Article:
The Week in Soil

The UN’s annual World Soil Day took place this week on 5 December, and with it came a plethora of content and discussion around soil. The year’s ‘be the solution to soil pollution’ theme focused attention on the myriad ways soils are mistreated around the globe and the critical need to support degraded soils back to health. On the day itself, they warned that soil pollution is currently ‘jeopardizing’ life on earth

Watch their video for tips on how you can support soil back to health.

Read the FAO Report ‘Soil Pollution: a Hidden Reality’ here.

 The government marked the day by highlighting the importance of soil health for productive farming and a healthy natural environment.

The founder of Riverford Organics released a video calling for an end to the ‘violent, one-size fits all’ approach to soil management.

Farming Weekly elaborates on what the day means for the Agricultural sector and provides 5 ways farmers can help to achieve sustainable soils

Down to Earth discusses soil health as the root to food security and human health, also citing the halting of rural migration and climate change mitigation. It highlights solutions being used to tackle the problem in India where 71% of cultivated land is nearing infertility.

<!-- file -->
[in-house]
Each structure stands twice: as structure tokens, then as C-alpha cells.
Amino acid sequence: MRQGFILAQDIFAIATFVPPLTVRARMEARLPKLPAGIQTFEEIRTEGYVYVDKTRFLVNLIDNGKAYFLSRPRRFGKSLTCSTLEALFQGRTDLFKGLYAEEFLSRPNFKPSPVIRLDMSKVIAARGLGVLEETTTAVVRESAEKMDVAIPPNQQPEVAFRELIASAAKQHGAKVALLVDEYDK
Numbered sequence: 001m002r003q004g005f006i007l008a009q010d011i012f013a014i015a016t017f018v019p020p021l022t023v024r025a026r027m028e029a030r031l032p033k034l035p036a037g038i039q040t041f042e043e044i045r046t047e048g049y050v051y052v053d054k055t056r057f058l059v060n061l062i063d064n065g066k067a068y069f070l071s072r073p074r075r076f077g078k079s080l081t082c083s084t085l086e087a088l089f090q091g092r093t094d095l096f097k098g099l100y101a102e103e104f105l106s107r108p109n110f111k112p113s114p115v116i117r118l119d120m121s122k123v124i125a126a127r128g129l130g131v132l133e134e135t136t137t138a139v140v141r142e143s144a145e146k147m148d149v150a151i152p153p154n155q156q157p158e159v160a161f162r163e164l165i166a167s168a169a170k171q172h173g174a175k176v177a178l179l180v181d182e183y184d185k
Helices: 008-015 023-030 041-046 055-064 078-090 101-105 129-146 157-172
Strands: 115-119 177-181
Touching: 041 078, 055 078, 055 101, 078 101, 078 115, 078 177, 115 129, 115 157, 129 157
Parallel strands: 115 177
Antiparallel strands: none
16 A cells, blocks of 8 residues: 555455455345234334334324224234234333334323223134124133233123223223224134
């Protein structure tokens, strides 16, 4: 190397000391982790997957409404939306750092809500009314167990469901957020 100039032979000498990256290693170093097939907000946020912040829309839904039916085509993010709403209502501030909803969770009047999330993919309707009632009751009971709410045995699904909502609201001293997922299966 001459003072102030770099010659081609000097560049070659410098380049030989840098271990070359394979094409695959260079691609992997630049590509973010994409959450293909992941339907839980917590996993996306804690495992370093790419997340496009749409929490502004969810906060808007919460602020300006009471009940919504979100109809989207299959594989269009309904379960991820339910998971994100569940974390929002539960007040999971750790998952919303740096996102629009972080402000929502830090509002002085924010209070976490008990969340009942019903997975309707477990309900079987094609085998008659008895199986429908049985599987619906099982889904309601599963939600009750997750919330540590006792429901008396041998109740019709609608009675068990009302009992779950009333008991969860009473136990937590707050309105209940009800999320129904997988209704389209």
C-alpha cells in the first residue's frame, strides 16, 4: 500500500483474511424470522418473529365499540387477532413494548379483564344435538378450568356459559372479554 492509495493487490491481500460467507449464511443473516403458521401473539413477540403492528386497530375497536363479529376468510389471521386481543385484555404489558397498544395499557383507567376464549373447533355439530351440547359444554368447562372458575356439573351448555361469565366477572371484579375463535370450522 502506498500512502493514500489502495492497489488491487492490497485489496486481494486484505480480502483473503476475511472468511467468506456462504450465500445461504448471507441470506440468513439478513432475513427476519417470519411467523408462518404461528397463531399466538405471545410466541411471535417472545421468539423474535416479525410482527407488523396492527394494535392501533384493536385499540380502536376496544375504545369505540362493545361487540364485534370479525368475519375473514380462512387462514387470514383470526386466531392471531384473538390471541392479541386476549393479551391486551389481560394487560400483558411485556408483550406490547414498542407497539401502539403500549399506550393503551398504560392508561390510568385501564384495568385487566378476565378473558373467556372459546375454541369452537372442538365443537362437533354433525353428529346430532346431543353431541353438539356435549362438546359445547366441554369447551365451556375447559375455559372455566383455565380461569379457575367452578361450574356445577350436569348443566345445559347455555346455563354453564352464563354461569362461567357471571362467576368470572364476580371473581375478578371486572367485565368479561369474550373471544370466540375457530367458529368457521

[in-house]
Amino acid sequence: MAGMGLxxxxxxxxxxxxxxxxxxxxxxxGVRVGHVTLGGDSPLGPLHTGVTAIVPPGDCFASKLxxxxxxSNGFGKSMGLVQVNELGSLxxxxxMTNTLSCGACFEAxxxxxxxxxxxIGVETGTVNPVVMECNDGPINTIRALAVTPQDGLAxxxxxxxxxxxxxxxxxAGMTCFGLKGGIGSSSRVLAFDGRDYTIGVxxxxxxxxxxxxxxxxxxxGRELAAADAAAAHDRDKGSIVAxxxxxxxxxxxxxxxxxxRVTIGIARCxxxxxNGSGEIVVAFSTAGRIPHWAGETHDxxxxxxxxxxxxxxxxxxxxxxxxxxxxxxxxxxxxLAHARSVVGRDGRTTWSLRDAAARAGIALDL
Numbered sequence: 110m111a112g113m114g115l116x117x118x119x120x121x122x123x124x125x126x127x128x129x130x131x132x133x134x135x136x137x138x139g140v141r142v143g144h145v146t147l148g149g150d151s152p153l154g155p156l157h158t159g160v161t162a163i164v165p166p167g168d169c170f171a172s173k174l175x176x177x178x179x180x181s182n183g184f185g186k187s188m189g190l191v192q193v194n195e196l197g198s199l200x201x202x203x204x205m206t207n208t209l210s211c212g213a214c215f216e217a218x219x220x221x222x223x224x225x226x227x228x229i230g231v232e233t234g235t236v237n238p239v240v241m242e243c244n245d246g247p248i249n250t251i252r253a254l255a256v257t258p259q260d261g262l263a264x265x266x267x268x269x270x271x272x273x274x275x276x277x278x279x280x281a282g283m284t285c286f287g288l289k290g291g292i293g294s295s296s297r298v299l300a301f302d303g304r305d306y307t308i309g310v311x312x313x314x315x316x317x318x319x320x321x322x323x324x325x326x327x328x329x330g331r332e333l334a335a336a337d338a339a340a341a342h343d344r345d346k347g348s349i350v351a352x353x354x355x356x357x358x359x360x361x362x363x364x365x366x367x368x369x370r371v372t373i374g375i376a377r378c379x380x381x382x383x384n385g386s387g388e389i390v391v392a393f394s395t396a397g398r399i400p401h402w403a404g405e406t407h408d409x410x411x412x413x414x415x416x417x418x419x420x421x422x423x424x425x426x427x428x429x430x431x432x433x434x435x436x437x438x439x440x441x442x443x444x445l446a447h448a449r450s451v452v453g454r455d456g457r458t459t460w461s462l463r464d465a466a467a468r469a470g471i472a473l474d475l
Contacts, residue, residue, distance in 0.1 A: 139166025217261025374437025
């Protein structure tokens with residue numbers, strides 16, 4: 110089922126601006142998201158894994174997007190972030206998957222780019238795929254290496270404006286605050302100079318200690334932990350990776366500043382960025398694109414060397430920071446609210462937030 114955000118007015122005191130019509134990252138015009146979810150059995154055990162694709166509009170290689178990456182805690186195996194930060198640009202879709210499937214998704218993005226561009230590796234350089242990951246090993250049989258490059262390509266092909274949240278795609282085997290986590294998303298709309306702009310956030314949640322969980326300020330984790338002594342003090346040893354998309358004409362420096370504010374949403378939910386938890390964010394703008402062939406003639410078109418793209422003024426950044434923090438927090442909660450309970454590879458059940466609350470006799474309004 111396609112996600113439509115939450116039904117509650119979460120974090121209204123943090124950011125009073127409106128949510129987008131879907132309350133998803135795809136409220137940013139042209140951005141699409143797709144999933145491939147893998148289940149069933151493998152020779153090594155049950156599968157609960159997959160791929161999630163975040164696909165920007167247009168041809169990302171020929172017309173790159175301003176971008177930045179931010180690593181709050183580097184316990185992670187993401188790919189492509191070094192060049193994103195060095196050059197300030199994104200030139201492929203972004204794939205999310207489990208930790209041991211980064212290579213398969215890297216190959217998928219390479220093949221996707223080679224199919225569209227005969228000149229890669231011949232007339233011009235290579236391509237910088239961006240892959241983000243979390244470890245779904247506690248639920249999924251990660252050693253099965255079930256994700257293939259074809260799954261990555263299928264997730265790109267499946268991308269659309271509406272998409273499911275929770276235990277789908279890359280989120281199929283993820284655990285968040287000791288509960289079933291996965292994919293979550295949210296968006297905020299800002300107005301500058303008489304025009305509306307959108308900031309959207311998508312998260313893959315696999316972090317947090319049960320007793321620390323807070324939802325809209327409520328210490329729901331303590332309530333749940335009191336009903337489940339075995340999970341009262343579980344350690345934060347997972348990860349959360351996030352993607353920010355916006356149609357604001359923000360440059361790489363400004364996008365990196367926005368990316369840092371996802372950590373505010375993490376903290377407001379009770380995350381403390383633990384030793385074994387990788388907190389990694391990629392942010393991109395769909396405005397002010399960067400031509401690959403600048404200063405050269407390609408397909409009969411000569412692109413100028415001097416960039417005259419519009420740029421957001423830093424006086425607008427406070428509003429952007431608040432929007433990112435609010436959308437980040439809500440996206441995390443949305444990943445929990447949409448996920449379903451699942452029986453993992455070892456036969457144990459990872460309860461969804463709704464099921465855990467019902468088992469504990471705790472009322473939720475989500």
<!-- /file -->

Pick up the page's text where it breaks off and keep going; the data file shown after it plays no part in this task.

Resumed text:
And America’s Soil Health Partnership celebrated by announcing the expansion of their pilot scheme to give more farmers access to their network.

Soil at COP24:

The FAO Land & Water Division launched their latest discussion paper at COP24 in Poland, which centres around Nature-Based Solutions for agricultural water management and food security. It evaluated 21 case studies in order to precipitate learning in the field.

In a commentary piece in Nature Put more carbon in soils to meet Paris climate pledges scientists have highlighted 8 actions deemed necessary to increase global soil carbon. They state “The potential benefits are too large to ignore.”

A CPRE report, published on Monday (3 December), Back to the land: rethinking our approach to soil, found that intensive farming practices, such as inversion ploughing, overgrazing and compaction from heavy machinery, has led to almost three million tonnes of topsoil being eroded every year across the UK. It calls for a radical rethink of farm practices and soil management.

 The Top of the Tree Productions has produced the Carbon Farmer, a film imagining a world where farming practices support the restoration of our peatlands for the benefits of climate change mitigation, biodiversity, water quality and public health.

Professor Rattal Lal, President of the International Union of Soil Science, has won this year’s Glinka Soil Prize for his outstanding contribution to the field of sustainable soil management. He has previously been listed among the world’s most influential scientific minds and the top 1% of researchers in agriculture.  More details here.